While some may find Springfield to be a dangerous college town, Missouri State University associate director of university safety Todd Revell said other universities, such as Princeton University in New Jersey, may actually have higher crime numbers.

On Nov. 13, 2022, four students from the University of Idaho were fatally stabbed in their home close to campus in Moscow, Idaho. This incident ignited a conversation amongst college students around the world about their safety on their own college campuses. 

SafeWise ranked Springfield as the 4th most dangerous college town in the United States on August 15, 2022, following Monroe, Louisiana; Alexandria, Louisiana and Memphis, Tennessee. 

This ranking may have local students wondering: what makes Springfield so dangerous? Missouri State University associate director of university safety Todd Revell and Springfield Police Department Sgt. Josh Ludwig said Springfield may not be as dangerous as the ranking suggests. 

“What makes Springfield rank higher is property crimes,” Ludwig said. “If you’re considering someone getting their bicycle stolen just as dangerous as someone getting assaulted or killed, that’s not the same to me.” 

Ludwig said the analysis that SafeWise presented may be looking at the amount of crimes and the general population instead of the types of crimes, where the crime took place in the city or the physical size of the city. 

When compared to the top 10 safest college towns and campuses, Revell said some universities have numbers worse than Springfield. 

“If you look at (Princeton University’s) crime stats, they’ve had more rapes, assaults and stolen cars than we have,” Revell said. “It’s all relative, how you look at it.”

Ludwig said each town is unique in some cities, the university is the center of the city, whereas in other places like Springfield, the universities exist around the cities themselves. 

MSU alum Josh Barry said he felt safe during his time on campus. 

“The campus is well-lit, and there are often people within sight or earshot at any given location,” said Barry, who graduated in 2020 with a bachelor of science in K-12 art education. “I always felt like if I or someone else was in need, there would be someone nearby to help quickly.”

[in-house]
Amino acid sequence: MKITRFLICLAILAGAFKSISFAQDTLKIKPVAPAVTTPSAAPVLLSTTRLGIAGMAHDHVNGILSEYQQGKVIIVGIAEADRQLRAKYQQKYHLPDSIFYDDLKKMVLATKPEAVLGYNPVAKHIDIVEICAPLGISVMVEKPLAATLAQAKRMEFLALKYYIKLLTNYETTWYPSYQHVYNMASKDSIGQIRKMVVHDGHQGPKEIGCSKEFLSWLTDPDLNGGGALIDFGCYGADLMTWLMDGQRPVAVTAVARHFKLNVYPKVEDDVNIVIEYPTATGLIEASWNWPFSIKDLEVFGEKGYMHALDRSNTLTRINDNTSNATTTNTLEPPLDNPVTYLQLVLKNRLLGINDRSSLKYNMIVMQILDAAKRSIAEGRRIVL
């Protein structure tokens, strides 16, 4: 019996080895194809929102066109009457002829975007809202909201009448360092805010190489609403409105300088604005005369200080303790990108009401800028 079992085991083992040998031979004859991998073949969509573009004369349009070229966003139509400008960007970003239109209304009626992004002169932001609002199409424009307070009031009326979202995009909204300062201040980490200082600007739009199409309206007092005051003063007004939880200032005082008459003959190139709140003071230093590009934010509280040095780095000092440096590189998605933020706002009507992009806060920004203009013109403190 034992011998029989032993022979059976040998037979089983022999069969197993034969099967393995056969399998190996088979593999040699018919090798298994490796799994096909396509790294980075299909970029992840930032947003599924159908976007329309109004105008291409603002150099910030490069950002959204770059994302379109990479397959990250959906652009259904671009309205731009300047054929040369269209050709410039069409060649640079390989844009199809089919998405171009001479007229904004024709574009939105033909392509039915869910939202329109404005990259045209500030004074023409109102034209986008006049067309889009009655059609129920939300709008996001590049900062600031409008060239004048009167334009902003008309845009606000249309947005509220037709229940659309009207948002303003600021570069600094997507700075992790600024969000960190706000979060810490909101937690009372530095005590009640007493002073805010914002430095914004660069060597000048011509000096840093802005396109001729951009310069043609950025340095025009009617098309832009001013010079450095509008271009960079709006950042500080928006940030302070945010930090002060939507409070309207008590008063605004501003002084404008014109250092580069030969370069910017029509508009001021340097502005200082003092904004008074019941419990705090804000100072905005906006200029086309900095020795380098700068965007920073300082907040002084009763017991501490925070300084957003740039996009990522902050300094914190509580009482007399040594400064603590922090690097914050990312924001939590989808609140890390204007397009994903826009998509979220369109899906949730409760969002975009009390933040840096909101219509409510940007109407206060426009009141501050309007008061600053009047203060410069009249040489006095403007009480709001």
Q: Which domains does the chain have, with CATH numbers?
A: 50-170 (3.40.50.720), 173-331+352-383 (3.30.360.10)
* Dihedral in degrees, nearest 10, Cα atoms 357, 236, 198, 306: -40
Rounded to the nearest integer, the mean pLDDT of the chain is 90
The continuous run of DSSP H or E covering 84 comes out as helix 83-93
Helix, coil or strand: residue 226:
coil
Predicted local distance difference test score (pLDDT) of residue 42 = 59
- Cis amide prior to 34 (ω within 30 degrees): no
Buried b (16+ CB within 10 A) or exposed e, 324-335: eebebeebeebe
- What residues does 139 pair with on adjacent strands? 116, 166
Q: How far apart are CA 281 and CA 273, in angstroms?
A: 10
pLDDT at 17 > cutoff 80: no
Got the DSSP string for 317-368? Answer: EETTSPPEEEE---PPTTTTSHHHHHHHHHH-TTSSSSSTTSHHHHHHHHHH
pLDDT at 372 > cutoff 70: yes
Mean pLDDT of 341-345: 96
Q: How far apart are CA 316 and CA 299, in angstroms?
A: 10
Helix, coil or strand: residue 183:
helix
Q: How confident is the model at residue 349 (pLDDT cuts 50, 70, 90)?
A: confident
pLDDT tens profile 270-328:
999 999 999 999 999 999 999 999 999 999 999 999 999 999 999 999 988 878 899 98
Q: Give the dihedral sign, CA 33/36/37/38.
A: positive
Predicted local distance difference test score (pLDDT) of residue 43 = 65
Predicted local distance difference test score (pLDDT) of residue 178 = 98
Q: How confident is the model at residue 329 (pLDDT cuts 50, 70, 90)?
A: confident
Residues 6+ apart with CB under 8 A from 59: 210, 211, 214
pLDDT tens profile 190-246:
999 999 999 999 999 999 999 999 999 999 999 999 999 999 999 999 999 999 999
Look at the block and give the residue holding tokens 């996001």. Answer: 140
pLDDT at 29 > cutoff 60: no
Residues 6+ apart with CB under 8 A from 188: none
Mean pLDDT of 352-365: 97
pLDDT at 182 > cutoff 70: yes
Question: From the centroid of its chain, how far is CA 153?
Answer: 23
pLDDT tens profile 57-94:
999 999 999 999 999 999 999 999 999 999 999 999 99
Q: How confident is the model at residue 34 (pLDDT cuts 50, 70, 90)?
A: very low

Barry said it helped having the security vehicles and call boxes positioned around campus although he didn’t need to use them. 

As far as keeping himself safe, Barry said he tried not to be out by himself after dark, and if he had to be, he tried to stay in well-lit areas. 

“If I’d be going out at night, I’d work to have someone come with me,” Barry said. 

Ludwig and Revell said there are many factors that may lead to danger for college students. 

“The person that is going to have the greatest impact on a student’s safety is that student,” Revell said. “Being prepared and having the right mindset is a big leap forward.”

Alcohol use is dangerous because of how it impairs judgment, according to Ludwig. In addition to alcohol, Ludwig said law enforcement sees a lot of situations where people trust strangers on the internet. 

Ludwig said since students are unable to judge someone’s character from behind a screen, they often fall victim to scams or other predicaments. To combat this, Ludwig said to organize meetups and dates in public areas or go with friends. 

Revell recommended students read “The Gift of Fear” by Gavin de Becker, as it may help students navigate potentially dangerous situations. 

MSU offers many programs for students and faculty to learn how to keep themselves safe on and off campus. According to the university website, the goal is for students, faculty and staff to prevent emergencies and to be prepared if and when they occur. 

Some of the programs offered by the university are Emergency Preparedness for Campus Emergencies; Run, Hide, Fight: Active Shooter Prevention and Preparedness; Sexual Assault Prevention and Defensive; and Stop The Bleed. 

For more information about the programs or university safety, visit


Follow Makayla Malachowski on Twitter, @MMal2024.

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Springfield Life Editor

Makayla Malachowski is the Springfield Life Editor at The Standard for the 2022-2023 school year. She is a junior studying creative writing with a minor in journalism. Makayla was a reporter during the 2021-2022 school year.